Book Review: Their Eyes Were Watching God


Arlet Cruz, Assistant Editor

“The dream is the truth. Then they act and do things accordingly”.  Their Eyes Were Watching God by Zora Neale Hurston follows the life of Janie Crawford from childhood to an adulthood as an independent woman. The novel opens with neighbors on a porch judging Janie for her appearance and sudden return to town husbandless. The story quickly moves from present day into a flashback of her life story starting with  her youth. The plot intertwines Janie’s three marriages with her experiences with love, racism, sexism, abandonment, and abuse, ultimately ending with self-acceptance and independence.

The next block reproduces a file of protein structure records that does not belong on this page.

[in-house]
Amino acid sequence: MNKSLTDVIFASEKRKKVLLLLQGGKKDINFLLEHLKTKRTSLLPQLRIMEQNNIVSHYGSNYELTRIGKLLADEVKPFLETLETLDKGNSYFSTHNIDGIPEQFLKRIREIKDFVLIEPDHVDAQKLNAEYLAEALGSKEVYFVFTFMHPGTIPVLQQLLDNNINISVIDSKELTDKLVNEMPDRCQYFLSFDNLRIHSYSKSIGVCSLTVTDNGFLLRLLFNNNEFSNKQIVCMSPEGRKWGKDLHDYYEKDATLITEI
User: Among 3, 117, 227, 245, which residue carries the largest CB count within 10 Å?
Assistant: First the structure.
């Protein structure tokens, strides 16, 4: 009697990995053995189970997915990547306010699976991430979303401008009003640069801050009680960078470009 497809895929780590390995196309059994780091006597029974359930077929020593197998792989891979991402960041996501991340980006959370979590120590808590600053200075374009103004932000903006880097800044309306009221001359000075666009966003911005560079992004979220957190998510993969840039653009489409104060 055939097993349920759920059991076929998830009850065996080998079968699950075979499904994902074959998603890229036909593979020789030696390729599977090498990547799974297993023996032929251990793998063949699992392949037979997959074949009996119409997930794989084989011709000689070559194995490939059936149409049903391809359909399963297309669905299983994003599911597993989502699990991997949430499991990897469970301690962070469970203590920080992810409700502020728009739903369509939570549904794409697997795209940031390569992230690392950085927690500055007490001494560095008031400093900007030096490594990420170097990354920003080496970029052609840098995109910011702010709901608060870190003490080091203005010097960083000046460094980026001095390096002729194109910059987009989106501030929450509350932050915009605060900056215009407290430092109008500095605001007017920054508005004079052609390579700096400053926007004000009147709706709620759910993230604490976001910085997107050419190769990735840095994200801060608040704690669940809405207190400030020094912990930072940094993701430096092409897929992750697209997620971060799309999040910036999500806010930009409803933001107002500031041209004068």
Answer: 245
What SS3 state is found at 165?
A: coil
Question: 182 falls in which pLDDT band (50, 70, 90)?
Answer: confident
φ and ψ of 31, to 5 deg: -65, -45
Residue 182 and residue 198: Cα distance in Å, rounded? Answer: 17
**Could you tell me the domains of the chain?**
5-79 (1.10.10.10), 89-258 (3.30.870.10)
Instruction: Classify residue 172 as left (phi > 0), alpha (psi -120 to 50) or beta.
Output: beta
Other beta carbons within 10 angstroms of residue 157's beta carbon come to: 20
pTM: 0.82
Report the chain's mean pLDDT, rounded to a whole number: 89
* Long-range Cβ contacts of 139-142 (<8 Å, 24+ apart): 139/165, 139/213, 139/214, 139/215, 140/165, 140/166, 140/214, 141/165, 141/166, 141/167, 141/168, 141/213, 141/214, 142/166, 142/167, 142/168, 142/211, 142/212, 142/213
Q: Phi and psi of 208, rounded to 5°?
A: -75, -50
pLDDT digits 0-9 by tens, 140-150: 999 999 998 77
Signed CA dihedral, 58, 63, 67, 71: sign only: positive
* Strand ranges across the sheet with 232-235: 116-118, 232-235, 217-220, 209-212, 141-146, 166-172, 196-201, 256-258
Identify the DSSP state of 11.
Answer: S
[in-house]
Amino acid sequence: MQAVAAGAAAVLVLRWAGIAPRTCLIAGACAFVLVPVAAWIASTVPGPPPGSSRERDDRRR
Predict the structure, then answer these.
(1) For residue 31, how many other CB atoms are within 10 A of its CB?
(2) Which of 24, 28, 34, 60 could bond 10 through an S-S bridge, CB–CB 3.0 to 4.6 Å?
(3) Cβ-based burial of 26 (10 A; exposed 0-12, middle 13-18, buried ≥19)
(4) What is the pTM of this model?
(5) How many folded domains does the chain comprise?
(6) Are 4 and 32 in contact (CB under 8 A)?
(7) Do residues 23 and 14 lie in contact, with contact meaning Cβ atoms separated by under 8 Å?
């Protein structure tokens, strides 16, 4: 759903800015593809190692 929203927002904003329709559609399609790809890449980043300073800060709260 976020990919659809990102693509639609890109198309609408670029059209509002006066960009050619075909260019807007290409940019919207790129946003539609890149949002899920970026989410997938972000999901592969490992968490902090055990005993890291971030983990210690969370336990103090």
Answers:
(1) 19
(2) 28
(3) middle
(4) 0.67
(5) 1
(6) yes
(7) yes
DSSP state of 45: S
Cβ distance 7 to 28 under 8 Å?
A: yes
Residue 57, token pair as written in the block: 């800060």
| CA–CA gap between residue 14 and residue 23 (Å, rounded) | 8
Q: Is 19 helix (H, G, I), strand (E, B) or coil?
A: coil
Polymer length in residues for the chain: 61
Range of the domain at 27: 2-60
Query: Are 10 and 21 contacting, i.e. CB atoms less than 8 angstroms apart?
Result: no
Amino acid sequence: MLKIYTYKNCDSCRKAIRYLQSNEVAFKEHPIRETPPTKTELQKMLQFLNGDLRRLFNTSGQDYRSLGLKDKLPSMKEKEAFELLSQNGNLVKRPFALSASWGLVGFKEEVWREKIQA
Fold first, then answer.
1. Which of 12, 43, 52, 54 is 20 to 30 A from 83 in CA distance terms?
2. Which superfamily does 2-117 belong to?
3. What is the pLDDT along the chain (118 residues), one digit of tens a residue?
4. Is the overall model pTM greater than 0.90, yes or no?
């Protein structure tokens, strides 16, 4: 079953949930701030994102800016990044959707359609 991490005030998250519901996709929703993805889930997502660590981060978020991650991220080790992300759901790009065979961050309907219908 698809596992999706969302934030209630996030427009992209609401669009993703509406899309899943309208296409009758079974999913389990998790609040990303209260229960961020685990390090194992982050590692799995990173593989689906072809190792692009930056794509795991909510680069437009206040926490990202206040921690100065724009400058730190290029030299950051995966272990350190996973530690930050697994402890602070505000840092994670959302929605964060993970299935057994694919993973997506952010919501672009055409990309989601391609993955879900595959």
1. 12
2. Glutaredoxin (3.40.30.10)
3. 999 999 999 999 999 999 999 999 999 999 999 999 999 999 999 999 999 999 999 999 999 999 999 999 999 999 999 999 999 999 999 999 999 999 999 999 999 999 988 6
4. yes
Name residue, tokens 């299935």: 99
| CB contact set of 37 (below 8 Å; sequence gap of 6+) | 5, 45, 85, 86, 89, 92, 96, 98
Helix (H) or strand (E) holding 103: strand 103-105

Hurston’s book showcases a black woman’s search for herself and leads readers to question Janie’s actions and decisions as she sets out on this journey for independence from those who try to take it away from her. In spite of each of her husbands and her grandmother, Janie perseveres against the tightening societal chains and devastating losses. However, readers can expect to connect with a strong female protagonist who fights for her own control and remains unapologetic about what she wants and will gain. 

Readers interested in the fight for racial and gender equality in the southern United States during the early-1900s will love this book. Their Eyes Were Watching God is considered Hurston’s most famous novel and one of the most historically significant works of the Harlem Renaissance.